Seoul National University

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Seoul National University
서울대학교
Seoul national university emblem.png
Latin: Universitas Nationalis Seulensis[1]
Motto Veritas lux mea (Latin)
Motto in English Literal: "The truth is my light"
Non-literal:"The truth enlightens me"
Established 1946
Type National
President Sung Nak-In
Academic staff 5,361[2] (2013)
Students 28,011[2] (2013)
Undergraduates 16,712[2]
Postgraduates 11,299[2]
Doctoral students 3,297[2]
Location Gwanak, Seoul, South Korea
Campus Urban, 4.2 km2 (1037 acres)
7.9 km2 (1,960 acres), including the arboreta and other campuses.
Colors blue      
Mascot Crane
Affiliations AEARU, APRU, BESETOHA, ARN
Website www.snu.ac.kr
Seoul National University Logotype
Seoul National University
Hangul
Hanja
Revised Romanization Seoul Daehakgyo
McCune–Reischauer Sŏul Taehakkyo
Note: The word 首尔大学 (traditional: 首爾大學) is frequently used in many Chinese contexts, as in Chinese Wikipedia. This is, however, not a traditional hanja name, because the Chinese characters used in the word do not represent the Korean sound of the word, but rather the Chinese. Thus it is merely a Chinese transliteration, rendered as Shǒuěr Dàxué in pinyin. Other names such as 汉城国立大学 have been used historically.
Main campus in Gwanak, Seoul.

Seoul National University (Acronym: SNU; Korean, 서울대학교, Seoul Daehakgyo, colloquially Seouldae) is a national research university founded in 1946, located in Seoul, the capital of Korea.

The university comprises sixteen colleges and six professional schools, and a student body of about 28,000. It has two campuses in Seoul: the main campus in Gwanak and the medical campus in Jongno. According to data compiled by KEDI, the university spends more on its students per capita than any other university in the country that enrolls at least 10,000.[3]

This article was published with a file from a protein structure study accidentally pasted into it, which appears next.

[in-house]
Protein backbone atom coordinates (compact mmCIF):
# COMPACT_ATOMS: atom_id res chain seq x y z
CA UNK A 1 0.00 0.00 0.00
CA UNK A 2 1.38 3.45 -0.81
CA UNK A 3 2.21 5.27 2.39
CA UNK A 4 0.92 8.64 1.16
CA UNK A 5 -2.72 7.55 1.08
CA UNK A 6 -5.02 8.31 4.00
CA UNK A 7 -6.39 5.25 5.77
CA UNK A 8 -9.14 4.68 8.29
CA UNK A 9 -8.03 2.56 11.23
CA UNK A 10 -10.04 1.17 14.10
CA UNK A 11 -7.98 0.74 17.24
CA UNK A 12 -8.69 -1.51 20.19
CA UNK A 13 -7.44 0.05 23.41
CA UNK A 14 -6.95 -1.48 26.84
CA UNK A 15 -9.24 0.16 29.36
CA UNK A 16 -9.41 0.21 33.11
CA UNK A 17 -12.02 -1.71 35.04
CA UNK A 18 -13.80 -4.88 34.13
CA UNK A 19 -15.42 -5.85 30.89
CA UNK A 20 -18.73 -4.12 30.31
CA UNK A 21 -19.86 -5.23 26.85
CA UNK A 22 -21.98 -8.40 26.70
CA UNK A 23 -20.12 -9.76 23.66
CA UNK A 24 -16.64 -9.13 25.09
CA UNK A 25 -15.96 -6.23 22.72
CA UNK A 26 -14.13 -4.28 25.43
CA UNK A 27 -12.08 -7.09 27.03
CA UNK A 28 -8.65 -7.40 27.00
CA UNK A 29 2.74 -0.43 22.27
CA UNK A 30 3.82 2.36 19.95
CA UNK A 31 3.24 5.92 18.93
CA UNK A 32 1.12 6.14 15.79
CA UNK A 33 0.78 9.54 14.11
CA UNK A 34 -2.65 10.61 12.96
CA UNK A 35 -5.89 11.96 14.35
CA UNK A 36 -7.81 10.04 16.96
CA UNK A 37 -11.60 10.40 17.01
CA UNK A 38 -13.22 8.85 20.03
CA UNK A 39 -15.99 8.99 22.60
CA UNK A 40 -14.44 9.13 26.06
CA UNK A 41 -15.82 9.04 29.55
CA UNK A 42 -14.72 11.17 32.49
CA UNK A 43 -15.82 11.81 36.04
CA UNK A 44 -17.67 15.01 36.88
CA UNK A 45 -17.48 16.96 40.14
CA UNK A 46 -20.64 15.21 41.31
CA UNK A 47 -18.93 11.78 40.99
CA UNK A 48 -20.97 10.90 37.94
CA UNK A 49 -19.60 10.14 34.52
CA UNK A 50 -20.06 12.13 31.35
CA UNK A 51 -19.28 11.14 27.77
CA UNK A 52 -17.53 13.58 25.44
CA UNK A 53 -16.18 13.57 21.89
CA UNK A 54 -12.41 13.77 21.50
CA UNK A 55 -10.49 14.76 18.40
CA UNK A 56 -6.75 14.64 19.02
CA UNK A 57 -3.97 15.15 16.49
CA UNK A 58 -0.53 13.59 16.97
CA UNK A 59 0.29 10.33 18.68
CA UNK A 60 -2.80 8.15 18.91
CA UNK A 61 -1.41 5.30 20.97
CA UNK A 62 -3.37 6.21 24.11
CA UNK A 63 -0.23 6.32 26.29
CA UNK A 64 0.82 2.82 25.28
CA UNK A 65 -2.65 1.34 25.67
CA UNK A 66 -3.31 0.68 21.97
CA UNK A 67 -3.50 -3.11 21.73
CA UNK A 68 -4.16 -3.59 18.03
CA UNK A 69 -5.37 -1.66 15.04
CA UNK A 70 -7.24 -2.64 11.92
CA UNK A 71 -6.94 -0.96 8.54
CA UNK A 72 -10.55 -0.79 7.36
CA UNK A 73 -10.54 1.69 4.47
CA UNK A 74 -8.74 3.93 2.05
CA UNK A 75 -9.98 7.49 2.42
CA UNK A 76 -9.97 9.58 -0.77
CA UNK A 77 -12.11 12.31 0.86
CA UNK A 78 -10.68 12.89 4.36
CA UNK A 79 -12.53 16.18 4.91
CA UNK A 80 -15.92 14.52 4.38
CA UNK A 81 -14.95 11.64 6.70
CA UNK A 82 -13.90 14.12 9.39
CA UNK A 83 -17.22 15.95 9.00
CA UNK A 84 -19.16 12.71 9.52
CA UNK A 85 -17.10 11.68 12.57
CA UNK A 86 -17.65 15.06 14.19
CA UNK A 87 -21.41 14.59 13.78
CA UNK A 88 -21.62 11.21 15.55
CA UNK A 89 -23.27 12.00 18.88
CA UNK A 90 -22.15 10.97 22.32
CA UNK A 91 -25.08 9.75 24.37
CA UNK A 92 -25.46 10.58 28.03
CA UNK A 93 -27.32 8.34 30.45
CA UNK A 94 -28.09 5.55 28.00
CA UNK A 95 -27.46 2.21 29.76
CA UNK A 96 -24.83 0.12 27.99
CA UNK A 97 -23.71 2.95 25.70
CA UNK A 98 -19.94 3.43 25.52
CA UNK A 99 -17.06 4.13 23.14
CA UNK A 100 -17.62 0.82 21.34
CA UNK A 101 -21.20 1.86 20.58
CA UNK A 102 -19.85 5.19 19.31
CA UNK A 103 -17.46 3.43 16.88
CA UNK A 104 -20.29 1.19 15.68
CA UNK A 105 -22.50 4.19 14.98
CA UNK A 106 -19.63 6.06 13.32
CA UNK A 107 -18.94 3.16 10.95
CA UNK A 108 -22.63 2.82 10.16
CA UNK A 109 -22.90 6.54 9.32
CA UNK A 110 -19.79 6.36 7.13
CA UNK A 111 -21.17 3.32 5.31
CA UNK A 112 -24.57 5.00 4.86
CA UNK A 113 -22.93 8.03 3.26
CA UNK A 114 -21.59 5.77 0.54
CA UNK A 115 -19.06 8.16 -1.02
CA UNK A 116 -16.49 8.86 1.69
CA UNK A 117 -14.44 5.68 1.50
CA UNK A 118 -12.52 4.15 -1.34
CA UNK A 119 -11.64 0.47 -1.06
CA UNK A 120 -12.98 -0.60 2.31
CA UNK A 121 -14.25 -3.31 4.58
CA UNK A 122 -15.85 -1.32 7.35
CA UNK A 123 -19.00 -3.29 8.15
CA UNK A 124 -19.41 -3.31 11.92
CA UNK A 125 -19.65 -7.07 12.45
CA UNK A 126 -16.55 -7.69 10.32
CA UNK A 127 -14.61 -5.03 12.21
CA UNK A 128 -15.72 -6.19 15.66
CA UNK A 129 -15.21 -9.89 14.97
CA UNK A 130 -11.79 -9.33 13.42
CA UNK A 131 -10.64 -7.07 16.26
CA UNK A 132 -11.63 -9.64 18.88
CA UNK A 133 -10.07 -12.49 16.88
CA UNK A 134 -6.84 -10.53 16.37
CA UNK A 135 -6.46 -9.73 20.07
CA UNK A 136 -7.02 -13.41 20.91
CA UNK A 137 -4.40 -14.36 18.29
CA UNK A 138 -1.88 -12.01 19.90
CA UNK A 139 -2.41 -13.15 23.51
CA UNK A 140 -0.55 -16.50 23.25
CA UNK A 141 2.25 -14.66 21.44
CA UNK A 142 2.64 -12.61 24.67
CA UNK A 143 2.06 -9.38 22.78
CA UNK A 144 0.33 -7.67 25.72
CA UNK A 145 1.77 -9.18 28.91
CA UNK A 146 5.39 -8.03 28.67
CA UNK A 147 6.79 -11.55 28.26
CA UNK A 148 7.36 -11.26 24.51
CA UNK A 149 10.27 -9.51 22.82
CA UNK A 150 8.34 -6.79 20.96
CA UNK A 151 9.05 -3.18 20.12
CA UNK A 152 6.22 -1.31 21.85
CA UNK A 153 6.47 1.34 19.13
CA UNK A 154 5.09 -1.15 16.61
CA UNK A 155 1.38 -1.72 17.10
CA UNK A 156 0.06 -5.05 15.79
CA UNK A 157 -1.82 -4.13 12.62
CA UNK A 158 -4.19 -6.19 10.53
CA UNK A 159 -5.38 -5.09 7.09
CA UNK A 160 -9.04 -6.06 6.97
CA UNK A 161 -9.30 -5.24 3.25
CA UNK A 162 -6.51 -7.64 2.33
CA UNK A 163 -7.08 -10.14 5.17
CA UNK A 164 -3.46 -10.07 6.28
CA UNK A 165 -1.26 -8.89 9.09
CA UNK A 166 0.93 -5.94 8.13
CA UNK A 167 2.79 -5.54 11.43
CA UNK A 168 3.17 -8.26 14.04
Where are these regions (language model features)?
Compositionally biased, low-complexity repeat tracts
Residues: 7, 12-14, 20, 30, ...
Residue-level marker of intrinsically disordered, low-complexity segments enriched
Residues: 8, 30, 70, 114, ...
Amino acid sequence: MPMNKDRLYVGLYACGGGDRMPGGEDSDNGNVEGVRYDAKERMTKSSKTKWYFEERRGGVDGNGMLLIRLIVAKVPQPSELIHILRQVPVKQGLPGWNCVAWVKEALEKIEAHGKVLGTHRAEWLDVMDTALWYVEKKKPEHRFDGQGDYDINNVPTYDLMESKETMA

The university holds a memorandum of understanding with over 700 academic institutions in 40 countries,[4] the World Bank,[5] and the country's first ever general academic exchange program with the University of Pennsylvania.[6] The Graduate School of Business offers dual master's degrees with Duke University, ESSEC, and the Peking University, double-degrees at the MIT Sloan School of Management and Yale School of Management,[7] and MBA-, MS-, and PhD-candidate exchange programs with universities in ten countries on four continents.[8] The university's international faculty headcount is 242 or 4% of the total.[9] Nobel laureate Paul Crutzen and Fields Medal recipient Hironaka Heisuke are on the faculty roster.[10]

History[edit]

Pre-establishment[edit]

Seoul National University finds its origin from various education institutions which were established by King Gojong of the Joseon Dynasty. Several of them were integrated into various colleges when later Seoul National University was founded.

To modernize the country, Gojong initiated the establishment of modern higher education institutions. By means of the issue of a royal order, the law academy Beopkwan Yangseongso has been founded in 1895. It produced 209 graduates including the later envoy Yi Jun. Hanseong Sabeomhakgyo (established in 1895), a training school for teachers and Euihakkyo (1899), a medical school, are also considered the origins of respected colleges.

After the proclamation of the Empire of Korea in 1897, Gojong, meanwhile emperor, was motivated to create more modern education institutions. In 1899, a medical school was established. This school changed its name several times to Daehan Euiwon Gyoyukbu and Gyeongseong Euihak Jeonmunhakgyo (Gyeongseong Medical College) and finally became College of Medicine of Seoul National University. In 1901, a department for nursing was established, which was the forerunner of the later College of Nursing.

During the Japanese rule, Keijō Imperial University was established as one of Japan's nine imperial universities. After World War II and the independence of Korea, the name of the university was changed from Keijō Teikoku Daigaku (京城帝国大学) to Gyeongseong Daehak (경성대학, 京城大學, Gyeongseong University). The Kanji letters, that were used in the name, were pronounced in the Korean reading and the attribute "imperial" was removed.

Establishment[edit]

The main gate of Seoul National University, known by its nickname, the Sha () gate. The shape of the gate is formed by the characters ,,, the initial letters of its full Korean name (Gungnip Seoul Daehakgyo).